In August, Manafort was found guilty of tax and bank fraud, and he's scheduled to start a second trial later this month in Washington, D.C., accused of money laundering, failure to register as a foreign agent, and witness tampering. Manafort and his senior defense attorneys spent more than four hours meeting with special prosecutors on Thursday, ABC News reports, and the deal is expected to be announced Friday in court.
Three people familiar with the matter said it is unclear if Manafort has agreed to cooperate with prosecutors or if this is a guilty plea to avoid trial. Catherine Garcia
William Goldman, the award-winning screenwriter behind The Princess Bride, Butch Cassidy and the Sundance Kid, and All the President's Men, has died at 87, Deadlineand The Washington Postreported Friday.
Goldman died Thursday night at his home in Manhattan, Deadline reports, noting that he had been in ill health and his condition had deteriorated over the summer. No cause of death has been released.
Goldman began his career as a novelist, but he soon transitioned into Hollywood and became best known for his movies — screenwriter C. Robert Cargill on Friday described him as the "patron saint of screenwriting." His first screenplay was the 1969 classic Butch Cassidy and the Sundance Kid, for which he took home an Academy Award. He would go on to win a second Academy Award for writing All the President's Men in 1976, and he also wrote the screenplay for The Princess Bride, which was based on his novel of the same name. Over the course of his career, Goldman produced dozens of screenplays and consistently worked as a script doctor; some of his other movies included The Stepford Wives, Marathon Man, Heat, Misery, and Chaplin.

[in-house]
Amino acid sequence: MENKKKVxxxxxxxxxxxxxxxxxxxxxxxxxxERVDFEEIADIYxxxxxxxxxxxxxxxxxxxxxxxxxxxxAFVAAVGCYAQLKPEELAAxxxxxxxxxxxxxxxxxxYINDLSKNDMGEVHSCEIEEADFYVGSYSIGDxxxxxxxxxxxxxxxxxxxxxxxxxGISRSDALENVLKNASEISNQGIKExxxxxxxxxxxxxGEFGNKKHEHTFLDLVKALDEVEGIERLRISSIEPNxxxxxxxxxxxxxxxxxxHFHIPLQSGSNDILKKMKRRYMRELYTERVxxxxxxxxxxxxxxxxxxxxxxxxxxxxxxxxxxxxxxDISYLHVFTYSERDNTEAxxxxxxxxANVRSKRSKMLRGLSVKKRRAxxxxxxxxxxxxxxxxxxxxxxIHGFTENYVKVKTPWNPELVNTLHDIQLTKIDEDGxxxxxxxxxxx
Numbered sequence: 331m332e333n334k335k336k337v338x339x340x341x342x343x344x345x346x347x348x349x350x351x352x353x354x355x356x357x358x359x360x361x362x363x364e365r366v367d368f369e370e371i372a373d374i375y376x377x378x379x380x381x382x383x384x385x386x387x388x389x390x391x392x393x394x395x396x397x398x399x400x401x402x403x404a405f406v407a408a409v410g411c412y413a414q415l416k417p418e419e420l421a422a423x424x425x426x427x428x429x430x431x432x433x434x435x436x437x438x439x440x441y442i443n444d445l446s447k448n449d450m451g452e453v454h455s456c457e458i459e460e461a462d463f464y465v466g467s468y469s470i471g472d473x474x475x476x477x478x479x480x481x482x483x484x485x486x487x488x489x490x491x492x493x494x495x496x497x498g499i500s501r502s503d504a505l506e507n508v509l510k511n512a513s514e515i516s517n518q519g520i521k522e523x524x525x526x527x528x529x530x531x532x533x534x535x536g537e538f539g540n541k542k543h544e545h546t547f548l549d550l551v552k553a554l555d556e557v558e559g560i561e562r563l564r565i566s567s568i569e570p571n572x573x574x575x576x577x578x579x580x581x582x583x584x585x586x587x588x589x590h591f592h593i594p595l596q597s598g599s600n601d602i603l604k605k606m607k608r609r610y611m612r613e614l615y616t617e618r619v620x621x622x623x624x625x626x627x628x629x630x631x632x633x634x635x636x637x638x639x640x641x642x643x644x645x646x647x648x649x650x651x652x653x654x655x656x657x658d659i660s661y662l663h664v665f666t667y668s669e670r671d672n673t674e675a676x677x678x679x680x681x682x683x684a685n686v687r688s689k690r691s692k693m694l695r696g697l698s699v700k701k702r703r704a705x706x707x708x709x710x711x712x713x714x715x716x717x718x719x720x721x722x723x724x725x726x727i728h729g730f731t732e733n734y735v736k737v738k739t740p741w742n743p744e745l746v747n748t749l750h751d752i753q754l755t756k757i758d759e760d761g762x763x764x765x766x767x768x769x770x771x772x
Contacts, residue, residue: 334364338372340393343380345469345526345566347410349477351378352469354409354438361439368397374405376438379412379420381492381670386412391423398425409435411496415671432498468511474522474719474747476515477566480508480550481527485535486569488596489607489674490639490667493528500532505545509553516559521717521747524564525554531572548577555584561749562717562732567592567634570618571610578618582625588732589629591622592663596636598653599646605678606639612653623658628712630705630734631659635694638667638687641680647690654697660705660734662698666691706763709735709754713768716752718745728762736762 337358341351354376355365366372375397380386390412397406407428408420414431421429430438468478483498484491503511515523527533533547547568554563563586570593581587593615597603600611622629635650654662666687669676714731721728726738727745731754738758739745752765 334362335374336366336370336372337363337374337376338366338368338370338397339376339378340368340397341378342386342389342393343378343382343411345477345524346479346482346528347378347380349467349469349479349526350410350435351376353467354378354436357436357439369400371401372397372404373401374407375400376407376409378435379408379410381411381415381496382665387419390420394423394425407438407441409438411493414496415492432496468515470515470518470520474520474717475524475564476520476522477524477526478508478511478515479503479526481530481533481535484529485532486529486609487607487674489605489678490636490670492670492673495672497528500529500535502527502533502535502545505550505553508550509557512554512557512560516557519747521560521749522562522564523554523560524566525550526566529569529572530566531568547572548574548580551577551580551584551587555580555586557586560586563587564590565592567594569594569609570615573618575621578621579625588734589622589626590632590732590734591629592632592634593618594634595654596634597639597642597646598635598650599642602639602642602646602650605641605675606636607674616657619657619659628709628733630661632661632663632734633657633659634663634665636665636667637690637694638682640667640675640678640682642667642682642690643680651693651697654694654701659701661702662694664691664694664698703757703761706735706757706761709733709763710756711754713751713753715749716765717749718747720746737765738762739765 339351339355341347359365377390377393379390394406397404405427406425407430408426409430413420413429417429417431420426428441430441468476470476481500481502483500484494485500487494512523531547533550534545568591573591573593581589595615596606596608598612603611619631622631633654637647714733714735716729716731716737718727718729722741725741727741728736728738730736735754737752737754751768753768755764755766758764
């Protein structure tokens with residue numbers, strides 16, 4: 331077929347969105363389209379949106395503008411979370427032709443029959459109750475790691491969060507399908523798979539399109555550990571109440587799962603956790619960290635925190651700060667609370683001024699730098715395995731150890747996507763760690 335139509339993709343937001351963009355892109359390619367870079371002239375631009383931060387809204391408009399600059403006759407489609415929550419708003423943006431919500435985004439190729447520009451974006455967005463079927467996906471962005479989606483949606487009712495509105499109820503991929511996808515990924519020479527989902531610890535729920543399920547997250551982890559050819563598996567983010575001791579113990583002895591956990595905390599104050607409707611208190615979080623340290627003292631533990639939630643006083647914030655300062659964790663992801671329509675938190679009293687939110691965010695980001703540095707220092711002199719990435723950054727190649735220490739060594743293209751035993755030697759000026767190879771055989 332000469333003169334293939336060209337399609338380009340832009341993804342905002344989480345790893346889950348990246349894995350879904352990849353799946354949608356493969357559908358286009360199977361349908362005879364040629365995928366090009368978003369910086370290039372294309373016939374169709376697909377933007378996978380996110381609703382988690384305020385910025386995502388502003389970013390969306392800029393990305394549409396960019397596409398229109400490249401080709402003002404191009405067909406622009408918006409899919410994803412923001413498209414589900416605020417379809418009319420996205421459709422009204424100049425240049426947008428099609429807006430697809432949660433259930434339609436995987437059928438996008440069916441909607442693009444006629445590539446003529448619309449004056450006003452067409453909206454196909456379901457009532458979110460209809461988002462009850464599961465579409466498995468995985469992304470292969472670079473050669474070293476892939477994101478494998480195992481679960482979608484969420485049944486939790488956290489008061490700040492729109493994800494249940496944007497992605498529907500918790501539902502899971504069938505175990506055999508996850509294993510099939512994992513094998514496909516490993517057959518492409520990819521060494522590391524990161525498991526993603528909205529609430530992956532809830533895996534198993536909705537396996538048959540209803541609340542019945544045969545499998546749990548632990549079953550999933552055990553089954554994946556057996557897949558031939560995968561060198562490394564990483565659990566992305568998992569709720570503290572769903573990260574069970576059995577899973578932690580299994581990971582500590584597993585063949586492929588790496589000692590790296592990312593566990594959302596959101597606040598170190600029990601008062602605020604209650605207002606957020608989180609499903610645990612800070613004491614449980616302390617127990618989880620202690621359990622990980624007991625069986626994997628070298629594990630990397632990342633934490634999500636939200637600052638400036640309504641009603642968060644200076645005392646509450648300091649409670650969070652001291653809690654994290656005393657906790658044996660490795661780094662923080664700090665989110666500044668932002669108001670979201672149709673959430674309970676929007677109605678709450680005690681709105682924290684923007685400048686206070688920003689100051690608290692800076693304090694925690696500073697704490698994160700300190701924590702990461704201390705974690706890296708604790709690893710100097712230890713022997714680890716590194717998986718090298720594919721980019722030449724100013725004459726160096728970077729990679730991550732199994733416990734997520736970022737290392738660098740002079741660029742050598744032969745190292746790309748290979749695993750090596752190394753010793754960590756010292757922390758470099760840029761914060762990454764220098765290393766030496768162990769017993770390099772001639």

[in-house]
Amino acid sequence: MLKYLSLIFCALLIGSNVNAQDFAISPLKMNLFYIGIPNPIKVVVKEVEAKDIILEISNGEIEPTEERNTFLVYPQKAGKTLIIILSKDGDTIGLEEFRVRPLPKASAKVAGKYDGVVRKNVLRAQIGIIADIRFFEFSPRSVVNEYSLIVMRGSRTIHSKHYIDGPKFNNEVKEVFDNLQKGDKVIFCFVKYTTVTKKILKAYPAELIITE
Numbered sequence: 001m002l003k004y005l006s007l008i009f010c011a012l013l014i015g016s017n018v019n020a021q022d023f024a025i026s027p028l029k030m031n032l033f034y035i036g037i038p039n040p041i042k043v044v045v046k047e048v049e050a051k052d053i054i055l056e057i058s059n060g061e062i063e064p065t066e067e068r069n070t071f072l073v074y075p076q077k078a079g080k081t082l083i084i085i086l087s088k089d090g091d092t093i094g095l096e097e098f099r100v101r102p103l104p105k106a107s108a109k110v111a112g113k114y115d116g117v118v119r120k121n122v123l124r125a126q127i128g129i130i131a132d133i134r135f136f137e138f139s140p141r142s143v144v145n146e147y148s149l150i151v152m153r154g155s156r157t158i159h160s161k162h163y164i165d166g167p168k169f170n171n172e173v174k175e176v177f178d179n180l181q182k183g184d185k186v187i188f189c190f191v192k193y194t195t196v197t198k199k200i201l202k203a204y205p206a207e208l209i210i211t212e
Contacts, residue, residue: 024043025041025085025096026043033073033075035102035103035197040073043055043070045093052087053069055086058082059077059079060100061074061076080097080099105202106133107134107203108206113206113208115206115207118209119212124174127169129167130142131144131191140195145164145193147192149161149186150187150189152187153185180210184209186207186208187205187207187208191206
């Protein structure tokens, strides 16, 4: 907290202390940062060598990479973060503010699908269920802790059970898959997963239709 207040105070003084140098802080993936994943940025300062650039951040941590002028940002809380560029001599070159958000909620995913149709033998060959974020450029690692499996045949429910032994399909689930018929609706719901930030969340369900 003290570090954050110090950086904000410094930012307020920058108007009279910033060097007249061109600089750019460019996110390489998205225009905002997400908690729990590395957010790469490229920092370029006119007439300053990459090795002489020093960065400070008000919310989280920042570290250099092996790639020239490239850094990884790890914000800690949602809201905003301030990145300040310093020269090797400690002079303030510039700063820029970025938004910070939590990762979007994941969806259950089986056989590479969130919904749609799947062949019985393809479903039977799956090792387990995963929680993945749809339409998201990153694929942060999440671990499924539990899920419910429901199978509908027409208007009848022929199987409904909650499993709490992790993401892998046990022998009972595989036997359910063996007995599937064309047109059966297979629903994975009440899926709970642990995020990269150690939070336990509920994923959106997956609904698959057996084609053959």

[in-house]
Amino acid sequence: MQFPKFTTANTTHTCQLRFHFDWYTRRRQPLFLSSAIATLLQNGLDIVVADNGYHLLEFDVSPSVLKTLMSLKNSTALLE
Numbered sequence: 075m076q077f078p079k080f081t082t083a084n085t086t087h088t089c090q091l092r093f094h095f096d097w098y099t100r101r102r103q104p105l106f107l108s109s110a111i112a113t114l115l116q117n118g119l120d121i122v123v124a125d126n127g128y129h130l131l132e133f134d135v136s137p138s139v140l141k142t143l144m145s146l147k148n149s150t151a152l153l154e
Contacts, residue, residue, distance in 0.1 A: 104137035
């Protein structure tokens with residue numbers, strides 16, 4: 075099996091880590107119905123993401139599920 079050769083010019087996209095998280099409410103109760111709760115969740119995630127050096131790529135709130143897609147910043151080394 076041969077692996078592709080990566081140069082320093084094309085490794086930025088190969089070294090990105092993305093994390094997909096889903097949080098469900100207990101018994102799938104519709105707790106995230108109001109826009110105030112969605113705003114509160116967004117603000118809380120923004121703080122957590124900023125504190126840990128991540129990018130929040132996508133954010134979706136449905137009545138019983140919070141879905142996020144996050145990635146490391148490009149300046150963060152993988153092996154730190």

After winning his second Oscar, Goldman shared his knowledge of the industry in the book Adventures in the Screen Trade, in which he famously declared that in Hollywood, "Nobody knows anything." Brendan Morrow
North Korean leader Kim Jong Un attended an inspection of what state media there is describing as an "ultramodern tactical weapon," The Washington Post reports Friday.
This is the first time North Korea has publicly announced a weapons test since November 2017, CBS News reports, while noting that this does not appear to be a nuclear device or a long-range missile; the country previously said it would suspend its nuclear and missile tests. A military expert told CBS News that a "tactical weapon" in North Korea would refer to a "weapon aimed at striking South Korea, including U.S. military bases." An anonymous South Korean government official told CNN that it's likely a "multiple rocket launcher;" a South Korean-based researcher told CNN it's probably not a missile, though, as South Korea would have detected that.